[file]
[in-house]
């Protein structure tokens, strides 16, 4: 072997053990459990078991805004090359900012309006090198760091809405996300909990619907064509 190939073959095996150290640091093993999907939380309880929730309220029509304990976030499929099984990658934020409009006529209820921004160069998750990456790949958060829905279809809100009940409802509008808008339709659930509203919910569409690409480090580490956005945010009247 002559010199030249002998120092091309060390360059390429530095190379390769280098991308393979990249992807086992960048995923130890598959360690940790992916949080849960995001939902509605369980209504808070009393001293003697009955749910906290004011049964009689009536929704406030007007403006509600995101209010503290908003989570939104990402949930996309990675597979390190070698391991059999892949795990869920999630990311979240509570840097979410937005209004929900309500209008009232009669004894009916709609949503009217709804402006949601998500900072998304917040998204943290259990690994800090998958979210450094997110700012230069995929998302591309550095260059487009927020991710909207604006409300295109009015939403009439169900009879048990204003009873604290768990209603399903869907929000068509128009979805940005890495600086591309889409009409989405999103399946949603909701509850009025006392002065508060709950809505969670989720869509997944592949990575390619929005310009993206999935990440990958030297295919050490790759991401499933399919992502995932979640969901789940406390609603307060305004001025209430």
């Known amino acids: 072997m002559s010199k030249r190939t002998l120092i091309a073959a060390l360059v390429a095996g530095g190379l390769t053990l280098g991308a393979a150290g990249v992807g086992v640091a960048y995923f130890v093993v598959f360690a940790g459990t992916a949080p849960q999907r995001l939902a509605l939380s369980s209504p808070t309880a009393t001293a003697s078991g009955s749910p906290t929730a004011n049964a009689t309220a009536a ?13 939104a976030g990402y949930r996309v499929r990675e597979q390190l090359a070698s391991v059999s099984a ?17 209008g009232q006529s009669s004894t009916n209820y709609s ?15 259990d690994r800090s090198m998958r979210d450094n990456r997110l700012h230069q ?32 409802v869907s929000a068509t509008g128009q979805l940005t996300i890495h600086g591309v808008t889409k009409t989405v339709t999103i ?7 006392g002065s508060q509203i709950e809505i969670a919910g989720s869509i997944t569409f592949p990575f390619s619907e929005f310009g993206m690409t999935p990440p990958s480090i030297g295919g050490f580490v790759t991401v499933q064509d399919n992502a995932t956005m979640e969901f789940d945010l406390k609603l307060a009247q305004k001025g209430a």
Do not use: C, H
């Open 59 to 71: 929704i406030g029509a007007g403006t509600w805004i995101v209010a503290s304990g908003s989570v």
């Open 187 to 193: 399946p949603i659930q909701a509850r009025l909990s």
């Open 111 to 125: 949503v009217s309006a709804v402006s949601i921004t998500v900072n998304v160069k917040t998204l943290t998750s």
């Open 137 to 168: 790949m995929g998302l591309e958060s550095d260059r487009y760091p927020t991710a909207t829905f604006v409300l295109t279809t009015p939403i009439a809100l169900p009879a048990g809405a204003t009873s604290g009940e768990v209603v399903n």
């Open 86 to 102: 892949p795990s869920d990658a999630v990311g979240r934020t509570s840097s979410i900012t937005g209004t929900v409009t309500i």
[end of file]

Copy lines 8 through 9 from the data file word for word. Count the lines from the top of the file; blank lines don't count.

């Open 137 to 168: 790949m995929g998302l591309e958060s550095d260059r487009y760091p927020t991710a909207t829905f604006v409300l295109t279809t009015p939403i009439a809100l169900p009879a048990g809405a204003t009873s604290g009940e768990v209603v399903n």
């Open 86 to 102: 892949p795990s869920d990658a999630v990311g979240r934020t509570s840097s979410i900012t937005g209004t929900v409009t309500i």